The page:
Norfolk has selected four clusters of schools. The pathfinder will extend and embed SEAL alongside commissioning additional professionals to deliver specialist/therapeutic early intervention work in schools for children experiencing problems; delivering individual parent/carer support to enable parents/carers to participate in and benefit from group positive parenting programmes; and offering targeted provision and assertive outreach for hard to engage, vulnerable parents/carers and children.
Leicester City pathfinder will build on two integrated service hubs delivering joined up services and on a city-wide multi-agency community based mental health team (the Child Behaviour Intervention Initiative - CBII). The pathfinder will cover 7 secondary schools and 39 primary schools across three clusters. The project will develop a school mental health team to deliver a holistic approach to working with children, young people and their families through the school setting.
The pathfinder will complement and enhance the existing range of multi -agency work promoting pupil emotional health and well being, including healthy schools, SEAL, pupil development centres and mentoring. The aims of the project are to deliver a variety of group based and individualised intervention work in schools including: providing brief therapeutic treatments on a one to one basis, offering drop in support, parenting advice and education for parents, and offering advice and training to staff in schools including helping develop and implement effective referral systems Five secondary schools, including a special school and 14 primaries will be involved in the pathfinder.
The pathfinder in Sunderland aims to deliver targeted early intervention support for children at risk and their parents through; supporting and training school staff ; providing evidence based targeted interventions alongside developing an integrated single referral pathway to specialist CAMHS. It will include five secondary schools and their 20 feeder primaries embracing all children in the 5 to 13 age group.
The model to be adopted by Blackpool will include early detection of mental health problems, signposting to a key worker, and where appropriate access to other services. The project will develop schools CAMHS teams to provide specialist CAMH support to participating schools. They will provide a direct therapeutic service to children, young people and their families via the schools. Therapies offered will include solution focused work, and will aim to improve existing referral mechanisms to multi-agency specialist CAMHS.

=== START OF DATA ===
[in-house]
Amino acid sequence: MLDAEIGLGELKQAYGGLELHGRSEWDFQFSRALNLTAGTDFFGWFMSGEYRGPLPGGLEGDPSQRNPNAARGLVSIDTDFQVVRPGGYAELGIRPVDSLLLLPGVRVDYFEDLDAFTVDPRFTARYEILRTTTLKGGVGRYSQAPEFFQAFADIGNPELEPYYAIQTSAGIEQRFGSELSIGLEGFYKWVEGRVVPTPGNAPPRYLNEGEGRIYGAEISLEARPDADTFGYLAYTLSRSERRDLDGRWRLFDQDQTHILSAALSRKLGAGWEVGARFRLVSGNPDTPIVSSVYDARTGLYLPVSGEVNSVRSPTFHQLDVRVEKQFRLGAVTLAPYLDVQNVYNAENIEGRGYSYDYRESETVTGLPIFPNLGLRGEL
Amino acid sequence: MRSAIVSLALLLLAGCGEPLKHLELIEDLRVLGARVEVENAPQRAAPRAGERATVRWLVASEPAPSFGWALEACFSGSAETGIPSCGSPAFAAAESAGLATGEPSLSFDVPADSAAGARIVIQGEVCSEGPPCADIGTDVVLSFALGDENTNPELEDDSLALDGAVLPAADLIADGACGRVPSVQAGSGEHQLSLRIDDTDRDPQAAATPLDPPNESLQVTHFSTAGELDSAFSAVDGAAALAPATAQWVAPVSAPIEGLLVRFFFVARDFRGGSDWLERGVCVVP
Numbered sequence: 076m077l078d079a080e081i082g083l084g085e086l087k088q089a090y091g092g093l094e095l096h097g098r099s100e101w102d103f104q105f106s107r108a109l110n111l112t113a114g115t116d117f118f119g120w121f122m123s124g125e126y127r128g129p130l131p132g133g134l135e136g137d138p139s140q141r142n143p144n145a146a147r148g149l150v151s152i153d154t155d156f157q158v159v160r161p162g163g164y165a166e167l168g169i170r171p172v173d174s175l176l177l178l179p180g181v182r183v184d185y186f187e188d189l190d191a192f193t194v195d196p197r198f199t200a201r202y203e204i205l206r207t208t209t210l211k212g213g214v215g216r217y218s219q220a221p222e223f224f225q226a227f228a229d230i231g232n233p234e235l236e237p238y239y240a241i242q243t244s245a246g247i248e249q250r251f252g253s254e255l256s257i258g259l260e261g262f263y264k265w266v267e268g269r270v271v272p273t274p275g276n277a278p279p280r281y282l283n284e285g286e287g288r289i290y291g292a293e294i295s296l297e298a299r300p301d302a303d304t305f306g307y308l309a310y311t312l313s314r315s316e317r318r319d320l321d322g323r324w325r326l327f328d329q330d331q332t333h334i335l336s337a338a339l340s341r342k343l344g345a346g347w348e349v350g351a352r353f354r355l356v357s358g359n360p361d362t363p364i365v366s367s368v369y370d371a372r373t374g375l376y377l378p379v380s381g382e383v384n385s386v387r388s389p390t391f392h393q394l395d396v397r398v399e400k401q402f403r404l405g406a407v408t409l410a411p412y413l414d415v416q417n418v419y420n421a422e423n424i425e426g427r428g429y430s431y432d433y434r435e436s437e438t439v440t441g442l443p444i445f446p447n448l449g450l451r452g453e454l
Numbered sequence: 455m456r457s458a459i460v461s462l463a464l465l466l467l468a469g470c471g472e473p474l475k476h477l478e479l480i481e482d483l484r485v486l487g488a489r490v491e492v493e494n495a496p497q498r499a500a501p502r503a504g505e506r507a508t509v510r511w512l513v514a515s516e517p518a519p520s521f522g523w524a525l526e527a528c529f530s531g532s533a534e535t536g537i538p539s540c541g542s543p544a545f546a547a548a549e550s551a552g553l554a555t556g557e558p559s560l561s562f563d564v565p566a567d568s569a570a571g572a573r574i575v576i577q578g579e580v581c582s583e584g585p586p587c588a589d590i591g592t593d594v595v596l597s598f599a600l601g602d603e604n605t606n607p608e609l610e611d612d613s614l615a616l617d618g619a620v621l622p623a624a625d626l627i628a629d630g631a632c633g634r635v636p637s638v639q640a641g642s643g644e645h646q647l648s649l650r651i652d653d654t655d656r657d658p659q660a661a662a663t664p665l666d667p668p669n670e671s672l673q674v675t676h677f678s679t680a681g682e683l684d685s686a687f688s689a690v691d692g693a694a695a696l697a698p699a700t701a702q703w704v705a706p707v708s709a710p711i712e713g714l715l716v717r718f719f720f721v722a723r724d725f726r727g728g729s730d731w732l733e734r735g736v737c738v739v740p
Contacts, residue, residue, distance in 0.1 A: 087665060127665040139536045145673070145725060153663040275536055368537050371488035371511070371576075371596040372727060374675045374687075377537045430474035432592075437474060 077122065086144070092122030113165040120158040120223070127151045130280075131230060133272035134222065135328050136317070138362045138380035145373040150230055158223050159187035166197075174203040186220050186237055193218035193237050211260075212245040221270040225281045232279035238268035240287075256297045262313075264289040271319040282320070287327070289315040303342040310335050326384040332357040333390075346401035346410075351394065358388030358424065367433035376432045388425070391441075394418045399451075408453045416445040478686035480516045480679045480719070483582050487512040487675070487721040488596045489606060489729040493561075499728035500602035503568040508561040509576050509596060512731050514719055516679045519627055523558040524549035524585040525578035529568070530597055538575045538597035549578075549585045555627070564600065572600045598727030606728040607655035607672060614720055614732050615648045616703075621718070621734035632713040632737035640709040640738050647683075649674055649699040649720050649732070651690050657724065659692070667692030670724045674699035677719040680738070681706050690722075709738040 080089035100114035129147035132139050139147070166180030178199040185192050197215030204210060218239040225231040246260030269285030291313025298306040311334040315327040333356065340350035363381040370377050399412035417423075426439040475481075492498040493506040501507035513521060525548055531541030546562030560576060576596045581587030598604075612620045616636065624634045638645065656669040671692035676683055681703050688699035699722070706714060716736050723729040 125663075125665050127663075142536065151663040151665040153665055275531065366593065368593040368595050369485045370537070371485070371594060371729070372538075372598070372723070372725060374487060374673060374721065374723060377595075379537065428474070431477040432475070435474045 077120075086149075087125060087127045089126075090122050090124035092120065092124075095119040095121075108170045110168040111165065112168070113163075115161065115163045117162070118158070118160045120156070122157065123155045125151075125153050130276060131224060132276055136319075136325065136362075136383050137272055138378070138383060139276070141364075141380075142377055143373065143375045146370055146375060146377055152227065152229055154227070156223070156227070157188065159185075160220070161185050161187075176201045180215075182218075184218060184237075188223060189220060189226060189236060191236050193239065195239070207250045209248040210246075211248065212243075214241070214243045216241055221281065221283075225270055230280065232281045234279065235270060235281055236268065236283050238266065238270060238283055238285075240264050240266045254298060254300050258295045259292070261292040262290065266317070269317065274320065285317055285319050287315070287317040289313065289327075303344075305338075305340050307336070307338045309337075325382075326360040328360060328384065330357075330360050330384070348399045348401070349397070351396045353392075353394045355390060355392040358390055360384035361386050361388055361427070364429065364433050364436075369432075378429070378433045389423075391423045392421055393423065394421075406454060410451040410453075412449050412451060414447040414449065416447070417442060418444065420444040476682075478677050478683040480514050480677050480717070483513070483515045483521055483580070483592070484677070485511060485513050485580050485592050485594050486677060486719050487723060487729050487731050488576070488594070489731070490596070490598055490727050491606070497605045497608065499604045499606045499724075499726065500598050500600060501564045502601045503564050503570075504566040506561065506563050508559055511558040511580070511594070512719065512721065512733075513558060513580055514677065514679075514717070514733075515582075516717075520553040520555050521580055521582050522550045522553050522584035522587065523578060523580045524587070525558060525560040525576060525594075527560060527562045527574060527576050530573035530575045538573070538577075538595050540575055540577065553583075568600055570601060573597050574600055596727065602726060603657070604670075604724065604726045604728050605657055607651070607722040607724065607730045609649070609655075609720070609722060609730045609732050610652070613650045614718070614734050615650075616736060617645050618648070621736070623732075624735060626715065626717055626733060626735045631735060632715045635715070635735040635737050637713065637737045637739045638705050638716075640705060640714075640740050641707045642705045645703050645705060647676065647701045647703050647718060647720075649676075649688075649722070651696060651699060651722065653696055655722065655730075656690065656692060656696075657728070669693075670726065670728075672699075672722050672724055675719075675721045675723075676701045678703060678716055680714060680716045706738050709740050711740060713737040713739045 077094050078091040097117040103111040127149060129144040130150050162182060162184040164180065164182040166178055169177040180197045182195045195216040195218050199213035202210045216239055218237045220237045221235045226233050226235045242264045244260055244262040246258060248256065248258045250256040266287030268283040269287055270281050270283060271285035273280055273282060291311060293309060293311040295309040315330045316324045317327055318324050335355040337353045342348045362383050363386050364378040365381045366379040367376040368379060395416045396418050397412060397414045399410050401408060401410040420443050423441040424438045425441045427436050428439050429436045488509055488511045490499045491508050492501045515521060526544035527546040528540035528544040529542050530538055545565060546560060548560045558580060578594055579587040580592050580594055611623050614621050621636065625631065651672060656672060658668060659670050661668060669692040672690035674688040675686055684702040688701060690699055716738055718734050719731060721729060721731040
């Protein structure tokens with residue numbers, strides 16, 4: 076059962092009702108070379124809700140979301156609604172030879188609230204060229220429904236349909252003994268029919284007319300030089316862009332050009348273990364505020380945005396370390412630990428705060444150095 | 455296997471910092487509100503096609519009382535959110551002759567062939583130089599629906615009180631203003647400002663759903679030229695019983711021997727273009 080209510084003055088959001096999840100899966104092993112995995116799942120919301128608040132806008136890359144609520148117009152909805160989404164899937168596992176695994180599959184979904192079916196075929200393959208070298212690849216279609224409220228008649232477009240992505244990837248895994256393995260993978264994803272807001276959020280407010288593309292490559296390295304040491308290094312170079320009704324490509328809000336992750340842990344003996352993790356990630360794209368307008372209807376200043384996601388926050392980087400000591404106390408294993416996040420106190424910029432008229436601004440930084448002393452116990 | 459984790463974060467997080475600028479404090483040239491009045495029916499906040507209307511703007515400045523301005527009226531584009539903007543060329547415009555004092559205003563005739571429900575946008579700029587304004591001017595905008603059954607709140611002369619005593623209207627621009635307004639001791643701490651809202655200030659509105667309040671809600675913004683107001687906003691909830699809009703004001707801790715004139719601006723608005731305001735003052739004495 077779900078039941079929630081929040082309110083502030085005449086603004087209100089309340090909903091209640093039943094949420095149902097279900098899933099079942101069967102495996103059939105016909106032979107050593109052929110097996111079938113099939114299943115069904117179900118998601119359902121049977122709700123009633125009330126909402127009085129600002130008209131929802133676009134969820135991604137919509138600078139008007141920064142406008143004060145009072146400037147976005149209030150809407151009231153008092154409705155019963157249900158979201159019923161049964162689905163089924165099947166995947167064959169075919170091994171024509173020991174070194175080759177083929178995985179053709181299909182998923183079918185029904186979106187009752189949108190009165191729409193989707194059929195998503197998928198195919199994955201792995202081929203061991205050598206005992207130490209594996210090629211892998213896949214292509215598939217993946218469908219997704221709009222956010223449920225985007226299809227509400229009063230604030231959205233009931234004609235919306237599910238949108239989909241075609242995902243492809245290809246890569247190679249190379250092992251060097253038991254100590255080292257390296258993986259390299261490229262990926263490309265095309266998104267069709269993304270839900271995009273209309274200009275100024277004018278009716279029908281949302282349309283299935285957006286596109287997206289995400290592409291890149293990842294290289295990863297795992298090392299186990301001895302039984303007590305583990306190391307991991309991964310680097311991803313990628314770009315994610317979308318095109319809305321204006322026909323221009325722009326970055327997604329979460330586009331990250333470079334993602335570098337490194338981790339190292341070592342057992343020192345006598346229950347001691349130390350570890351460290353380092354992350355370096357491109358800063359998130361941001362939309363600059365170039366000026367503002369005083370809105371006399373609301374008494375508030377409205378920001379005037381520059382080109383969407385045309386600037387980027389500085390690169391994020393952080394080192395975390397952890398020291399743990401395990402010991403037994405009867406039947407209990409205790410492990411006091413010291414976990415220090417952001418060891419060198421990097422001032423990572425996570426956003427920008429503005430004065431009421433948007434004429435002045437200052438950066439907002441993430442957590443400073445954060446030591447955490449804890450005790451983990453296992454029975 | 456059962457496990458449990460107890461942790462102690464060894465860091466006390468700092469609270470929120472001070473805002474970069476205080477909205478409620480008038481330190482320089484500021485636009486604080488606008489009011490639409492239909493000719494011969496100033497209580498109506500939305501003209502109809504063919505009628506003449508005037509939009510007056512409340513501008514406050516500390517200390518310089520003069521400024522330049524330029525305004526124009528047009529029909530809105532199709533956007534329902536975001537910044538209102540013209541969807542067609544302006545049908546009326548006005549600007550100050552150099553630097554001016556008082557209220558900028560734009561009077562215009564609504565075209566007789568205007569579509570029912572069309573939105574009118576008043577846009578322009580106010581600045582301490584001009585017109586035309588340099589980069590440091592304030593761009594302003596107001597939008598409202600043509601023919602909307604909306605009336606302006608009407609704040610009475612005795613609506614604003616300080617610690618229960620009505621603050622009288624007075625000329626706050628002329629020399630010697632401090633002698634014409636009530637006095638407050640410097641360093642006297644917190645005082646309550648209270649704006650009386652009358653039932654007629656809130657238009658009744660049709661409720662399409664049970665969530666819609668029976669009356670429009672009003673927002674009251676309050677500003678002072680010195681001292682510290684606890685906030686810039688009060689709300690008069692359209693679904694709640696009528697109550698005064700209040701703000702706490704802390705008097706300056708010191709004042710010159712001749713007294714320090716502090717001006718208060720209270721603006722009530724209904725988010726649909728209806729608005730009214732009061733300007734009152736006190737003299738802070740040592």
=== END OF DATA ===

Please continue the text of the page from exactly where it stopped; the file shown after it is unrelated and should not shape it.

Brighton & Hove
It will aim to build on and extend the community CAMHS element of the existing schools and communities team in each of the 3 areas of the city. As a result it aims to develop and provide training and support for such as learning mentor and school counsellors in a range of mental health evidence based approaches to develop family based support alongside school based interventions and build on existing systems and processes to develop coherent and co-ordinated approaches across schools and specialist CAMHS. Pilot to include 4 secondary schools and 8 feeder primaries. The project will track the cohorts of children from yrs 5 and 6 through to their transfer to the selected secondary schools and support them through the transfer process
The project will build on existing 'whole school' approaches (e.g. SEAL, NHSS) to promote an ethos of positive behaviour and successful relationships, involving all staff, pupils and parents; develop a multi-agency 'stepped care' approach to the prevention and management of mental health problems; provide a high quality therapeutic intervention by trained staff and using specific psychological interventions. The Pathfinder will work with three school clusters (one in each of the three areas for children's services), and will involve 7 secondary schools, 26 primaries and 2 special schools.
Yorkshire & Humber
The pathfinder project seeks to offer a continuum of support and guidance to children, young people, parents and families and to staff groups. Some of the activities will include developing a Resilience Framework, Peer Awareness & Listening service, support services to parents and families that focus on emotional well-being, and opportunities to commission through extended services, and offering a Parent Mediation service